Will Nagaland Ever Have Peace?

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Will Nagaland Ever Have Peace?

After six decades, a resolution to India’s insurgency remains elusive.

Will Nagaland Ever Have Peace?
Credit: REUTERS/Adnan Abidi

Ever since Independence, peace and stability have been treasured luxuries in the Indian states of Nagaland and Manipur. In the last two decades, however, while peace talks may have produced little in the way of progress, ceasefire agreements with the various warring groups have at least provided a relative peace.

The Naga issue is the major threat to peace in India’s Northeast. Broadly speaking, the insurgent groups National Socialist Council of Nagaland – Khaplang (NSCN-K) and the National Socialist Council of Nagaland – Isak Muivah (NSCN-IM), which claim to represent the Nagas, demand that a territory known as Nagalim (or Greater Nagaland) – which would include the present state of Nagaland along with roughly four districts of Manipur and parts of Assam and Arunachal Pradesh where Nagas live – be carved out to address the Naga issue. The proposed region of Nagalim would also include a not insignificant chunk of Myanmar, making this an international issue.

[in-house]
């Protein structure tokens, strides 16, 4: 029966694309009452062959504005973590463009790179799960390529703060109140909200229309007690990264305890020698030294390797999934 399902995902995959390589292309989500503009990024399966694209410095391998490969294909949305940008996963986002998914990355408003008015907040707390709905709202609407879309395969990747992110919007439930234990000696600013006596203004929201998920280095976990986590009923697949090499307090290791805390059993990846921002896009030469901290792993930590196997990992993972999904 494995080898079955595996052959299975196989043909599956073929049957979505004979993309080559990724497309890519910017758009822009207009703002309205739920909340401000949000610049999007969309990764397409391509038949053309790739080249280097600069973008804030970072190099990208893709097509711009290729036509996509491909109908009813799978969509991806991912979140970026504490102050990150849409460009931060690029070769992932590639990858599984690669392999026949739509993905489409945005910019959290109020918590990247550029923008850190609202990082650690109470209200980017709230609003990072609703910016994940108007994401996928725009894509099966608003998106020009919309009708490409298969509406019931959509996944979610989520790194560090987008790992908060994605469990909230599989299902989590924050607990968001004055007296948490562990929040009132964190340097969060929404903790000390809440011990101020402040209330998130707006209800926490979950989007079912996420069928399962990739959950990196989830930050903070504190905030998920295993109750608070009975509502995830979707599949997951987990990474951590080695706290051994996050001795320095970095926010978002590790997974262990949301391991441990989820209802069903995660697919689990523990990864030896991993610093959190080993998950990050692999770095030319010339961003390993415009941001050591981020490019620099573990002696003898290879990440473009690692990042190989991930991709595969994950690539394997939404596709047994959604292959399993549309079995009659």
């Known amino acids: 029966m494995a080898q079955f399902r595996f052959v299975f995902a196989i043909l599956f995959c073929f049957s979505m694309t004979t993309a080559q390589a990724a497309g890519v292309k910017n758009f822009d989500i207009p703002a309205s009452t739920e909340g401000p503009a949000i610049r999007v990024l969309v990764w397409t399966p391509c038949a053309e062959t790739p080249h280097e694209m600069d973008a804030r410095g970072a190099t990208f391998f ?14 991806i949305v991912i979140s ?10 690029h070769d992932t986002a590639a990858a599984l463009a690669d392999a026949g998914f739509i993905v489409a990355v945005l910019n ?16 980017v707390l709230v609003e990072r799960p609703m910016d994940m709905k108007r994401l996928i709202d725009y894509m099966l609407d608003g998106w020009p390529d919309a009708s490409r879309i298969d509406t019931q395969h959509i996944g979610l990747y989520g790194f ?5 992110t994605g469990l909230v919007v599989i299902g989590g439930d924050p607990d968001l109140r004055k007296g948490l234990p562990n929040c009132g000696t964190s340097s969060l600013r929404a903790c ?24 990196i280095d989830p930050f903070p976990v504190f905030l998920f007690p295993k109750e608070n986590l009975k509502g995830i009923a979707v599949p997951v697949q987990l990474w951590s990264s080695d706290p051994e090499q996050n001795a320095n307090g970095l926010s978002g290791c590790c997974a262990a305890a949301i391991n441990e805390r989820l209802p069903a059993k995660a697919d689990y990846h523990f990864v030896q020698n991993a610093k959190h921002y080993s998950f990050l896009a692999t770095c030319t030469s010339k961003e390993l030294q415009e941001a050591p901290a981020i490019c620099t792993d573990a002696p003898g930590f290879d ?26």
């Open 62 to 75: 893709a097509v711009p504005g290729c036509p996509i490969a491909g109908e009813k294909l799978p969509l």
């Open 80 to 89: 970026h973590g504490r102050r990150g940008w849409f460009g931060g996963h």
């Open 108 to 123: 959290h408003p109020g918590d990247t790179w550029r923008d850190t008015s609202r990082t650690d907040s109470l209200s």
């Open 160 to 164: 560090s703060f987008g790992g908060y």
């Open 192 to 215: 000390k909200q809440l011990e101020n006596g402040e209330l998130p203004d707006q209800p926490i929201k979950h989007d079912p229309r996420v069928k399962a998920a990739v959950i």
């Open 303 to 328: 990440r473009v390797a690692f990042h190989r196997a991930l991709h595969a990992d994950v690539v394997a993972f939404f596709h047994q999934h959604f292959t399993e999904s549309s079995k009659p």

Fifteen years back the Indian government agreed to a ceasefire with the two major Naga insurgent groups, and both sides called for solutions through negotiations. Unfortunately, nothing worthwhile was achieved, except the routine extension of the ceasefire. Then, in an unprecedented move, the Myanmar-based S.S. Khaplang faction of NSCN, NSCN-K unilaterally withdrew from the ceasefire on March 27. This move will have far-reaching repercussions for the local population. Once again, it seems, Nagaland is on the verge of a nasty bloodbath. In the last 14 years, with the NSCN-IM and NSCN-K observing ceasefires with the government, the Nagas have become accustomed to relative peace. Now the future appears uncertain.